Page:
A journal following the history, design, construction and operation of Bernard Kempinski's O Scale model railroad depicting the U. S. Military Railroad (USMRR) Aquia-Falmouth line in 1863, and other model railroad projects.
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October 1, 2017

Updated Timetable and Schedule for Aquia Line

Based on the feed back from the operation sessions I have updated the timetable and schedule for the Aquia Line.

This revision creates two main periods of action - a morning session and an afternoon session. Both periods would run two scheduled trains in each direction in roughly 3 hours.  There is also a train in the evening if we want to do an ops session on a week night.  Chances are we will never run No.1 and 2. as I don't know too many model RRer's that want to operate that early.

Note that in the revised schedule meets take place in Brooke or Stoneman's. So the conductors have to be a bit more on their toes.  I also noted that on other timetables, scheduled meets are in bold and underlined. So I adopted that practice too.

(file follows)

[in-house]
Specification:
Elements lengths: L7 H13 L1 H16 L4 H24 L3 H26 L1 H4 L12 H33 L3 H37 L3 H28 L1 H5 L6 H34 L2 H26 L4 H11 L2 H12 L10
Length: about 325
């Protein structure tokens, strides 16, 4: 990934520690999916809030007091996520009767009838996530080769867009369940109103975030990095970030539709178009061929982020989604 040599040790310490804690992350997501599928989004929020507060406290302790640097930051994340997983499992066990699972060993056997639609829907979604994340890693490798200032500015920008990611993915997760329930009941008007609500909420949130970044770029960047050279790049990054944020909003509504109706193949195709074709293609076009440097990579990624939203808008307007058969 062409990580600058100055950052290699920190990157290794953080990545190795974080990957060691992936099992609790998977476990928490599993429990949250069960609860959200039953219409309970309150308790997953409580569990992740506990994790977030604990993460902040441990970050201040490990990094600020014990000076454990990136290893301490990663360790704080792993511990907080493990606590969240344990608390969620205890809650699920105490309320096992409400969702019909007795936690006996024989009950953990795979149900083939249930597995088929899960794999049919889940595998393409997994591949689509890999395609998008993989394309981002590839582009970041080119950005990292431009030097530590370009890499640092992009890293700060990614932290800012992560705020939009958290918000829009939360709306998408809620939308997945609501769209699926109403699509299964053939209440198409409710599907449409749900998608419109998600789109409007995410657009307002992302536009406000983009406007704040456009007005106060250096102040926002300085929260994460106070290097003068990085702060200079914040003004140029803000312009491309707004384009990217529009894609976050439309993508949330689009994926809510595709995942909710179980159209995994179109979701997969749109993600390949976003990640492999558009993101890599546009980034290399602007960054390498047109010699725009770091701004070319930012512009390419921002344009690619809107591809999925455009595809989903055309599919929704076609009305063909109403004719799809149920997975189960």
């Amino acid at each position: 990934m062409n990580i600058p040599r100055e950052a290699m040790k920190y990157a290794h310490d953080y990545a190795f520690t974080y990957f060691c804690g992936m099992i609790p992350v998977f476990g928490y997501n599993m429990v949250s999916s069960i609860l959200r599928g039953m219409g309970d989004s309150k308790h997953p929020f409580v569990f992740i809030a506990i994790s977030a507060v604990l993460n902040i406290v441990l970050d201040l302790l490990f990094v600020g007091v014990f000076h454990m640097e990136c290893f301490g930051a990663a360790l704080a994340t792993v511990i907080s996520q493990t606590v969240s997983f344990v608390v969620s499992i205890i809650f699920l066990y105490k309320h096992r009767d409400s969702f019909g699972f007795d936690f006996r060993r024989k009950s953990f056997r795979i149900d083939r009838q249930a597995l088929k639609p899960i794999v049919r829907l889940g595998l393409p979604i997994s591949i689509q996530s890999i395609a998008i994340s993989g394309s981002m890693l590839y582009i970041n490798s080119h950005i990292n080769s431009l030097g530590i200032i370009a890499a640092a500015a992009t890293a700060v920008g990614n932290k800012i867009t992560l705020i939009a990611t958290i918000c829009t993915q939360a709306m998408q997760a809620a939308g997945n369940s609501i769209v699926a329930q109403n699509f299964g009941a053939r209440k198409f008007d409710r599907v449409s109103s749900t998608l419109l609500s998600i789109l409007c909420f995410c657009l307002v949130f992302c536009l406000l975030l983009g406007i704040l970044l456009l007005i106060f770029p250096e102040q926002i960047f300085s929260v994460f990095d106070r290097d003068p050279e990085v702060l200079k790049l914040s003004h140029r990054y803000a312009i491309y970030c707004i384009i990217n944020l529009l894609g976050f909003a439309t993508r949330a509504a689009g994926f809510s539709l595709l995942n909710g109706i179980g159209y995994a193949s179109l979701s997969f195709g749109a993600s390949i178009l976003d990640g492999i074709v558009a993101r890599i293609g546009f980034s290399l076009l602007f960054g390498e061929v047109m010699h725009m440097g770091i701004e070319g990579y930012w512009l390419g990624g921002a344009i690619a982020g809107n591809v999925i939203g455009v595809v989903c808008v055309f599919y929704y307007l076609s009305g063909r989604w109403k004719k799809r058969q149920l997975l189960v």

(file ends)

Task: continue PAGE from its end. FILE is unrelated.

The ACWRRHS session showed that running an extra train is a great addition, so I will plan to do that when I have enough operators.  However, I think we demonstrated that having 3-man crews is too crowded for the aisles. So I will stick to 2-man crews in the future.   That means a typical op session without an extra will need 4 crewmen. If 6 show up, then we run an extra.

Also, Thom Radice asked a question about what happens when a train is late for a meet. I found the answer on another USMRR time table for the Orange and Alexandria where trains had several scheduled meets.  Here is the what it said,
No Train having the right to the Road must leave any station or passing place, where by the schedule it should pass a train, until Ten Minutes after its own time per schedule; and this ten minutes (allowed for variation of watches) must be observed at every succeeding station until it shall have passed the expected train; and no portion of the ten minutes allowed for variation of watches must be used by Trains running in either direction. 
It's a bit hard to comprehend, but I think it means that a southbound train can leave a scheduled meet if the opposing train is at least ten minutes late. That process will repeat at each station until they meet the late train.

Also,  today I matted and framed a print of the locomotive Deveraux that was drawn by John Ott. He gave me a copy as a gift. As anyone who has visited my basement knows, the walls are pretty well full, so adding a print is a zero-sum game. I managed to find a place to for it in the stairwell. Thanks John. It's a beautiful drawing. If you want to get your own prints you can order them from John's site. 

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